Having hidden them in a path between two hedges, Miss Thuliez left alone to Bavay, to warn the Mayor, Mr Derome, who also found that the surrender was the wisest solution. She thus returned to look for them, and the Mayor made them drive to the College of the Assumption, transformed into hospital, where they spent the night.

The following morning, Mr Derome went to declare to the German lieutenant that thirty English people had come to surrender at night. They were questioned and treated respectfully: they declared that they had lived on their hunting, not to compromise the population. Then that very day, having been driven to Aulnoye, one embarked them for the camp of Wittenberg; the looked purpose was reached, their life was safe. It was now a question of making both officers pass in Holland.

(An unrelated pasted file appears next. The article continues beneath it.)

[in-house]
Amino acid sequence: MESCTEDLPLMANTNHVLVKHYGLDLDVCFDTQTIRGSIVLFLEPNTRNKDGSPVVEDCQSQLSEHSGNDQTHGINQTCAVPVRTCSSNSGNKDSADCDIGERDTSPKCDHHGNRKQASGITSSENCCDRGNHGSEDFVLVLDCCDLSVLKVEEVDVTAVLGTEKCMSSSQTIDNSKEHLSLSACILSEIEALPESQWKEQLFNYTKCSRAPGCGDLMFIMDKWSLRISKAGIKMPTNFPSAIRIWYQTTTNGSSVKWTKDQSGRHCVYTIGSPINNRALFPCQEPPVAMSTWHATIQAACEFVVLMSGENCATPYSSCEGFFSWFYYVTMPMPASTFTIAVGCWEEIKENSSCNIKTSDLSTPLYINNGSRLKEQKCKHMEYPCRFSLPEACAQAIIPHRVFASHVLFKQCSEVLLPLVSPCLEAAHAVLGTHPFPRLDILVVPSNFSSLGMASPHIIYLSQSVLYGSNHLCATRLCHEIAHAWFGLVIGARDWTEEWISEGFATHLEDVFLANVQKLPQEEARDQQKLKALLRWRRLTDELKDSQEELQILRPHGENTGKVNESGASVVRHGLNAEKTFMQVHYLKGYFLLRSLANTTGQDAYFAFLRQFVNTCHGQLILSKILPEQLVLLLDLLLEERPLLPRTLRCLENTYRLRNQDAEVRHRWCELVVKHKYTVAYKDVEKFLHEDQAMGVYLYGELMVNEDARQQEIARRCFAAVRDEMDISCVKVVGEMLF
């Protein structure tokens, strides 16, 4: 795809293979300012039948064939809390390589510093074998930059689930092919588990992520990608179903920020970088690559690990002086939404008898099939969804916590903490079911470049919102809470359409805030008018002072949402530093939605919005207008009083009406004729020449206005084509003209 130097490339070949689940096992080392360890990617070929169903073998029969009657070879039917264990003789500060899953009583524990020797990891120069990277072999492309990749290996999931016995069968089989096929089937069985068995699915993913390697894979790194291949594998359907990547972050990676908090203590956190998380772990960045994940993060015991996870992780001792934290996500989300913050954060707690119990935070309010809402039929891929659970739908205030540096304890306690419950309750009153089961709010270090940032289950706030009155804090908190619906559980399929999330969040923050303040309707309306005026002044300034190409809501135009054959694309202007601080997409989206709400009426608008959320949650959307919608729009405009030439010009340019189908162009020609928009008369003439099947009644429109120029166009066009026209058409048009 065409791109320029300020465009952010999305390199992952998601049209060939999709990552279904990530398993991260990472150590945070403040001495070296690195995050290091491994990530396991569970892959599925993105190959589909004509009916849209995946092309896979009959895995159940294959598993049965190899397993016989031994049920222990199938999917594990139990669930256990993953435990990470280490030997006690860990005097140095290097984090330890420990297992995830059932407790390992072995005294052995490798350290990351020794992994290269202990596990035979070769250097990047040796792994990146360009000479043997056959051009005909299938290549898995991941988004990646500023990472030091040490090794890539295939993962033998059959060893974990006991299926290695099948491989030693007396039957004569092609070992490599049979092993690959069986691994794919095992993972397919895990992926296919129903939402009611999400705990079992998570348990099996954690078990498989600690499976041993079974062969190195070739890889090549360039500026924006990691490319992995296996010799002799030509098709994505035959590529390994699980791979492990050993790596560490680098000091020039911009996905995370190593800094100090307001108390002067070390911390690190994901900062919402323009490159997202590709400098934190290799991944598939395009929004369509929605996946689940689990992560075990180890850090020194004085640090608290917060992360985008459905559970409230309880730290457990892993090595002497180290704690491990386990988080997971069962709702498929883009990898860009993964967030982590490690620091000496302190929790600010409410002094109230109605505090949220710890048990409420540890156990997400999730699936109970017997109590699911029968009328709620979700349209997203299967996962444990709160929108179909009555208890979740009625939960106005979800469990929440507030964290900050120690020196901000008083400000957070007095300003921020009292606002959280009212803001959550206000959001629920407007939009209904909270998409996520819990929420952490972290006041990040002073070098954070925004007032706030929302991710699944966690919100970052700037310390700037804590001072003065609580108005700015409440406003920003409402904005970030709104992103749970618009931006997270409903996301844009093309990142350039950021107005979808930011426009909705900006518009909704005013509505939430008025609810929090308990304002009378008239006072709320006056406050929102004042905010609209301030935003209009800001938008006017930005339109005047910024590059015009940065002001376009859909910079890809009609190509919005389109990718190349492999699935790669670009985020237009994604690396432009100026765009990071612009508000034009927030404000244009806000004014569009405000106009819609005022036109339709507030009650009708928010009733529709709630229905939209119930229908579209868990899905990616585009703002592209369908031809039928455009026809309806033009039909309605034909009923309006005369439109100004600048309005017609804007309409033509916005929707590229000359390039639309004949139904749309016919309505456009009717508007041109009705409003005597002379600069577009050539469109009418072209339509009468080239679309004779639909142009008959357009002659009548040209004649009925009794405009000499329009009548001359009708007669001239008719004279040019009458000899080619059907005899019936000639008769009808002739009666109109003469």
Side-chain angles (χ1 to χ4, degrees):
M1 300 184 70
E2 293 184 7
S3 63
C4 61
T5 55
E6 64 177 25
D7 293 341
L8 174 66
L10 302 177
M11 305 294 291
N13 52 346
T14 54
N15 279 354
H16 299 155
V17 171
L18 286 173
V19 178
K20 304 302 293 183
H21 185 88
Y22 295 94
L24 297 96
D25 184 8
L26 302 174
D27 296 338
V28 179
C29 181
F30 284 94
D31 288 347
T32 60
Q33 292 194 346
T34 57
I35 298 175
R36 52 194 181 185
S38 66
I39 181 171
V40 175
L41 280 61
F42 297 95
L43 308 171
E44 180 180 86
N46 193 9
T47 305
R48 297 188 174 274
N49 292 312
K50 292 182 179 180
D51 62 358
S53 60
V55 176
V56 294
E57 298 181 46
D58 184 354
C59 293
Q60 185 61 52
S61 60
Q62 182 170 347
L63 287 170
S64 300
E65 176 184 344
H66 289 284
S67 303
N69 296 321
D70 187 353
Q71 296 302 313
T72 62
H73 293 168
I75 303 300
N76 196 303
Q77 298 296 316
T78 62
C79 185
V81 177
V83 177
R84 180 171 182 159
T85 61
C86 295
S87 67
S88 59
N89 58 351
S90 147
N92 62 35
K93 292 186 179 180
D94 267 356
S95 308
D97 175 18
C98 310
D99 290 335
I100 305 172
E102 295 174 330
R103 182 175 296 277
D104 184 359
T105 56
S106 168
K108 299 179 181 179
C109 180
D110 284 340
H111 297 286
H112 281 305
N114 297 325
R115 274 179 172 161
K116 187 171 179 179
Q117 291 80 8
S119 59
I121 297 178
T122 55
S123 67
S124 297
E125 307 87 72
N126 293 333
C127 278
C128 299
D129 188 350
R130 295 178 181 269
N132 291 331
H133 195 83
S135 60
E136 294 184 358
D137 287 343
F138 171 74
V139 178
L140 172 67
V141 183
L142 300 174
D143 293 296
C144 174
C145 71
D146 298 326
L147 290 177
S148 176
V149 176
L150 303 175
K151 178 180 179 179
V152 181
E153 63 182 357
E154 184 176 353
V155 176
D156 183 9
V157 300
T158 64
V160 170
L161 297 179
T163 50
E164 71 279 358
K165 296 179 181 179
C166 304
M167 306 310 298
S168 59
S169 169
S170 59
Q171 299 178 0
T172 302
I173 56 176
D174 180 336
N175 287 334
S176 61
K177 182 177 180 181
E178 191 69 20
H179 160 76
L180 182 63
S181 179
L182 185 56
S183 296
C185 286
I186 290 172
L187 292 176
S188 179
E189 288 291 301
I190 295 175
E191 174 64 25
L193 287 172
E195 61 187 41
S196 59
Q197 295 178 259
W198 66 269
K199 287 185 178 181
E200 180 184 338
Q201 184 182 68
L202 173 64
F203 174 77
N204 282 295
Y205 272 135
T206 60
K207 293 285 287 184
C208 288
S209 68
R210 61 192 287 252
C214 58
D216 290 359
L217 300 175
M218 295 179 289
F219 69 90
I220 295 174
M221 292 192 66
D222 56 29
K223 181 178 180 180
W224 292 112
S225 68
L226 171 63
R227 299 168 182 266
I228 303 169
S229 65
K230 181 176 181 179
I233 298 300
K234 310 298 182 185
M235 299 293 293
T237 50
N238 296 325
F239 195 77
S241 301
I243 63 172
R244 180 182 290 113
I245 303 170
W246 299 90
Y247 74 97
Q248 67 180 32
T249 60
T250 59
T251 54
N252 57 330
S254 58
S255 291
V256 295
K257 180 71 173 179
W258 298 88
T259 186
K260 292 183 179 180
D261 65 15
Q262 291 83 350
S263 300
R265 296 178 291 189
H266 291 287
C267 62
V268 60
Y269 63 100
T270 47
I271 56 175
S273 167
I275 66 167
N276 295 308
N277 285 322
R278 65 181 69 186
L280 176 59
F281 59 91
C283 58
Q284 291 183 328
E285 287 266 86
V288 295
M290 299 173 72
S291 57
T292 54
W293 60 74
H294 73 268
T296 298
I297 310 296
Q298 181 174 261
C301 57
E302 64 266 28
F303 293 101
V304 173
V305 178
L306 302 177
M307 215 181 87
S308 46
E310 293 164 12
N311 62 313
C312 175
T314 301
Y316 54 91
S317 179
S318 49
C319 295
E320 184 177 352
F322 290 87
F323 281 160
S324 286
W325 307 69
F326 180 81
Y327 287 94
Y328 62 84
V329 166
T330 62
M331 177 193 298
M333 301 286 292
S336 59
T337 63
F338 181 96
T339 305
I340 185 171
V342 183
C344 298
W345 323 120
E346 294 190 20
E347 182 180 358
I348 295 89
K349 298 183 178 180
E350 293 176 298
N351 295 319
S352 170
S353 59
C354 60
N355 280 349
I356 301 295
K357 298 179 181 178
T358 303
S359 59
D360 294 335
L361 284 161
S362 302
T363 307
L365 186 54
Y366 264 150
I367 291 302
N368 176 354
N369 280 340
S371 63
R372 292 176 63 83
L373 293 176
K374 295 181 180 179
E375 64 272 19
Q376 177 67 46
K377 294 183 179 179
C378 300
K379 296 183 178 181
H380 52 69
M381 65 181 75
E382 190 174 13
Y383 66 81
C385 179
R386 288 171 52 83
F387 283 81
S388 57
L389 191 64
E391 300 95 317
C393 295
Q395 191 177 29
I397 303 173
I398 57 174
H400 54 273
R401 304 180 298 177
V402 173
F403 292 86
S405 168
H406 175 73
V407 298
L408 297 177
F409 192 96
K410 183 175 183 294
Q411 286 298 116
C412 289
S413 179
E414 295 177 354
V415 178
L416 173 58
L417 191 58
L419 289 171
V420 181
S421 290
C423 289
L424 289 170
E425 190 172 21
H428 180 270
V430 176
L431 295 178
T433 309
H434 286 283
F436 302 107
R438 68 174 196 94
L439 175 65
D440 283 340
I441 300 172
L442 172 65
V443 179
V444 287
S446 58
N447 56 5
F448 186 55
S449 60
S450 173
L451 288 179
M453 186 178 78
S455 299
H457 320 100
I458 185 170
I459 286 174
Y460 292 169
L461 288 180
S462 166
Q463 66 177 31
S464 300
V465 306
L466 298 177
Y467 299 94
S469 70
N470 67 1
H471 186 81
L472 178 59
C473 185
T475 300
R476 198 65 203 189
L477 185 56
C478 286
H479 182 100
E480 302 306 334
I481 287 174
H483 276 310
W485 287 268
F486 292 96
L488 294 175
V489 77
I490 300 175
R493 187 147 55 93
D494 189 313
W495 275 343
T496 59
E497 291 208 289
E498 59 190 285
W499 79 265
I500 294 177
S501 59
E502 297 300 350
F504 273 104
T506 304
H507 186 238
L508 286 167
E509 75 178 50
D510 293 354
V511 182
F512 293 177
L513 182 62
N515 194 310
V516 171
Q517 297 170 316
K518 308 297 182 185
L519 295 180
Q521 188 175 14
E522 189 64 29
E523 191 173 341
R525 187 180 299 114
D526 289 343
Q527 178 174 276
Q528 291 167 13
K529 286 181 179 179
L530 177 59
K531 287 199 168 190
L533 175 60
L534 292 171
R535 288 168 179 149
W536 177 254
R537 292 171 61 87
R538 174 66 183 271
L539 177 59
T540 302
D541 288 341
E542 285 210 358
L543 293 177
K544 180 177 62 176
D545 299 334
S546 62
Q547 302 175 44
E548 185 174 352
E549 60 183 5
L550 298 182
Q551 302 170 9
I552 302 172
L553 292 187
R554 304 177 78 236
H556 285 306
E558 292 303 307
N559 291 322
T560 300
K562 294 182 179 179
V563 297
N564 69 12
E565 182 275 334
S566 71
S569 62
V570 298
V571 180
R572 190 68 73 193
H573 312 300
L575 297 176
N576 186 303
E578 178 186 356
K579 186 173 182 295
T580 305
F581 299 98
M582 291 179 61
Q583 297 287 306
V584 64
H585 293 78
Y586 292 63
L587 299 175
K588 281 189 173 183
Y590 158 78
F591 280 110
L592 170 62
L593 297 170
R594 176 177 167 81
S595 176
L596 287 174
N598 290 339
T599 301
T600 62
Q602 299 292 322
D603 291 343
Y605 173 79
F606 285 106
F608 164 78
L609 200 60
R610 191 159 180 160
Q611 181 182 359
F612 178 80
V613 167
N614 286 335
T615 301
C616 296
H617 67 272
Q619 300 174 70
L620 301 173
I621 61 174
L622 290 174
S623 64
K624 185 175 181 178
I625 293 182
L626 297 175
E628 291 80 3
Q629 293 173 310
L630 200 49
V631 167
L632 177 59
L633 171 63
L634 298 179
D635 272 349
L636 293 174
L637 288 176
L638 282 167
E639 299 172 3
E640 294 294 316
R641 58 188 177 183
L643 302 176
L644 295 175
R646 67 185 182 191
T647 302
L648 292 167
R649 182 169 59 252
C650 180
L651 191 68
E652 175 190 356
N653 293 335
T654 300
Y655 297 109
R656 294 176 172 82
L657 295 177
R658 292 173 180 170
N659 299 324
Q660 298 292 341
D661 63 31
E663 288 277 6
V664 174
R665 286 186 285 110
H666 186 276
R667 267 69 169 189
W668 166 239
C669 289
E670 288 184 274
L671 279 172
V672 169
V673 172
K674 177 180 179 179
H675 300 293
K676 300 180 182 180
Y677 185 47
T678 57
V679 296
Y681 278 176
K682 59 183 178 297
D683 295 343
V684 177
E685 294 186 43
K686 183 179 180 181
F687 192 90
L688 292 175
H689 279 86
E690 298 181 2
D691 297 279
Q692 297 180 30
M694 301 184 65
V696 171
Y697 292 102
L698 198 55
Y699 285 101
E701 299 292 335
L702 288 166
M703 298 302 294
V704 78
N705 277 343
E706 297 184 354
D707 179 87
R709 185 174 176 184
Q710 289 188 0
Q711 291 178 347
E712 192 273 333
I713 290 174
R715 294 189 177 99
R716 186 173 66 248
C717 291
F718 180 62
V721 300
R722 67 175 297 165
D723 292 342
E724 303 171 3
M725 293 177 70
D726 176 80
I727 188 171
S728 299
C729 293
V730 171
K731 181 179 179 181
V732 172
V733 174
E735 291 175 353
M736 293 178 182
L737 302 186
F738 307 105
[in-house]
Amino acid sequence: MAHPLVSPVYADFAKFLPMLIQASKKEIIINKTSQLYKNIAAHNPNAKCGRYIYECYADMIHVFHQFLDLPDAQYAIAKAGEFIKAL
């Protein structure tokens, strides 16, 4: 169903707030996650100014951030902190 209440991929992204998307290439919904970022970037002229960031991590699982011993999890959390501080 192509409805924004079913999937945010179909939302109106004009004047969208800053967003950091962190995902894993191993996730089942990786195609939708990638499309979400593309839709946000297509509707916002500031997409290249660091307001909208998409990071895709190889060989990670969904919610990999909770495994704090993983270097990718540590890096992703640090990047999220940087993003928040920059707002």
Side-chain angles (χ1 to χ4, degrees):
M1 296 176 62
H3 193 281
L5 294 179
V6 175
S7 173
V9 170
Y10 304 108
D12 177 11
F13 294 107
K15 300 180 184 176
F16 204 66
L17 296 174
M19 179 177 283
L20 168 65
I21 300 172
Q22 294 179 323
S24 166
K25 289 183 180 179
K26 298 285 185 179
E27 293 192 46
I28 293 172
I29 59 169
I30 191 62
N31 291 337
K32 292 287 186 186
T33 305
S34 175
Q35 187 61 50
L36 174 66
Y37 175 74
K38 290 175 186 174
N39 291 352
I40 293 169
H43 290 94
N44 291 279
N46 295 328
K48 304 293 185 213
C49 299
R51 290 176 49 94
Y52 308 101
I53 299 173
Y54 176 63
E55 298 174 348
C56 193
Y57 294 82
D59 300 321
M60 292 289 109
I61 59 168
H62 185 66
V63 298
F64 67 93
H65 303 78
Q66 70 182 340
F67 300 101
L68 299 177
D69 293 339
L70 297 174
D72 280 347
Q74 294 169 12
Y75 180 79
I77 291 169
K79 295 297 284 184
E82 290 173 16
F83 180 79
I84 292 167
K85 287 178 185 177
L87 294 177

When, he woke up, the Princess announced to Lieutenant Bushell that his men had surrendered at night, during one hour he sobbed as a child, the head on knees. Nothing was able to calm this crisis of despair except by indicating him the means to join its regiment.

Naturally, the Germans made responsible the Mayor of Bavay, Mr Derome who was arrested and driven in prison to Saint-Quentin. But, as this last one wanted to admit nothing, the Germans released him, for lack of proofs, six weeks later, He went out of prison, the white hair, having had a lot to suffer, but the high head!

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Emmanuel;